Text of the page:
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Self-study guide for implementing high school academic interventions

by Anna-Marie Cote, Jennifer Dombek, Barbara Foorman, Karl Hook, Laurie Lee, Israel Sanabria, Kevin Smith and Tammy Stafford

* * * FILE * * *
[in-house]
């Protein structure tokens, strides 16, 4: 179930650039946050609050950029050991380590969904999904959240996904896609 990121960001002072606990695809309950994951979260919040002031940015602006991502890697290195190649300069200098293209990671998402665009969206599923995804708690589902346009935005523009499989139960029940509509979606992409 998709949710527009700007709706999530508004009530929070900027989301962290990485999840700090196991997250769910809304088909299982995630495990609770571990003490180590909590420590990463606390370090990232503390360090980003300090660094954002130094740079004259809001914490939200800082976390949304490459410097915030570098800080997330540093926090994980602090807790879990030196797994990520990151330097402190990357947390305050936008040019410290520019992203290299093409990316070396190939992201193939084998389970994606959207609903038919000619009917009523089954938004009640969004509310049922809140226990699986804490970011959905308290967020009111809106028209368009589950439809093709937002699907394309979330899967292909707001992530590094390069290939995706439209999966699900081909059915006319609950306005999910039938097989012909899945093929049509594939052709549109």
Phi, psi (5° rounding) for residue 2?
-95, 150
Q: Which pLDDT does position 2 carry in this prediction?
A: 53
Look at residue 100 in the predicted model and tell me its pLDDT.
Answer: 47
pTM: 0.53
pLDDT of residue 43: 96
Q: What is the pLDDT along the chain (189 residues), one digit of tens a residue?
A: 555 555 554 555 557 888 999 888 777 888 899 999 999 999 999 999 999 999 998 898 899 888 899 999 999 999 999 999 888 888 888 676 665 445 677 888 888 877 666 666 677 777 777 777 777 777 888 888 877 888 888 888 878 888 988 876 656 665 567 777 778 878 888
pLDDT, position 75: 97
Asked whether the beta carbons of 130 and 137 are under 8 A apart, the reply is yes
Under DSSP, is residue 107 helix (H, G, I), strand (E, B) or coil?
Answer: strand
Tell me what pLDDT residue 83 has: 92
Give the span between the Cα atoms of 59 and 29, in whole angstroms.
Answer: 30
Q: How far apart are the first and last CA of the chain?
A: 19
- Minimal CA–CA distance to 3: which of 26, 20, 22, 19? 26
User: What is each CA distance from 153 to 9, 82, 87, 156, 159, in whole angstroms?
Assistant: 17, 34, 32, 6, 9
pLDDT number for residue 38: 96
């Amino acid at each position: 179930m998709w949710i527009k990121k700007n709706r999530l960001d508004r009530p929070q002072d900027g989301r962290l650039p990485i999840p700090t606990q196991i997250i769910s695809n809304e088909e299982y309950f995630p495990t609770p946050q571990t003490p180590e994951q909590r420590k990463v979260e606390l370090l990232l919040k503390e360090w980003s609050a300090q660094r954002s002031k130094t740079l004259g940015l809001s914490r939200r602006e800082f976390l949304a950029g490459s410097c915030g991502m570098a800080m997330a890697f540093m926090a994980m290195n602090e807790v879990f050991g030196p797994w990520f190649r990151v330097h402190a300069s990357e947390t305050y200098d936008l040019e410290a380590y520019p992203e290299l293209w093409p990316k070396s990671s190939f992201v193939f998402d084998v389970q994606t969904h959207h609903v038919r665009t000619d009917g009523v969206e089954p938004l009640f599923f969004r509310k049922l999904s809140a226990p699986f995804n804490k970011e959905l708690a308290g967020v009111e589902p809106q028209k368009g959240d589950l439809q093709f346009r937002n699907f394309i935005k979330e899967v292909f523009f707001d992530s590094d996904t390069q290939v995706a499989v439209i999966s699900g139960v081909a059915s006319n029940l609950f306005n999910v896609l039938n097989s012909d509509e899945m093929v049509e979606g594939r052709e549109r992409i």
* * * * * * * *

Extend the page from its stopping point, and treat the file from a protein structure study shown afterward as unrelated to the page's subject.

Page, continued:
While academic interventions can be implemented in any grade, focusing on interventions in high school is critical because it is often a student's last chance to become ready for the academic demands of postsecondary education and careers. States across the country are implementing large-scale initiatives focused on delivering academic interventions in the high school grades. This self-study guide provides a template for data collection and guiding questions for discussion that may improve the implementation of high school academic interventions and increase the number of students meeting college and career readiness standards. This guide is intended to help district- and school-based practitioners conduct self-studies for planning and implementing high school academic interventions. Self-study is a process of using a guide with predetermined focus areas and questions to collect, share, and discuss data with stakeholders. The process can include teachers, instructional coaches, guidance counselors, school-based administrators, district administrators, and chief academic officers knowledgeable in high school academic interventions. It may help educators ensure strong implementation of interventions and document current practices in implementing a specific academic practice, multi-tiered system of support, or response to intervention policy. An ideal time for conducting a self-study of implementation of academic interventions is the beginning or end of the school year so that prior-year implementation can be considered and planning can occur for implementation for the next school year. States, districts, and schools that are implementing or planning to implement high school academic interventions may find this guide helpful as they consider which types of evidence to collect and which components of high school academic interventions are important for evaluating implementation. This "Self-Study Guide for Implementing High School Academic Interventions" consists of the "Scoring Guide," "Implementation Consensus Rating Form," and "Planning Next Steps Form." Support for "Scoring Guide" areas is appended.

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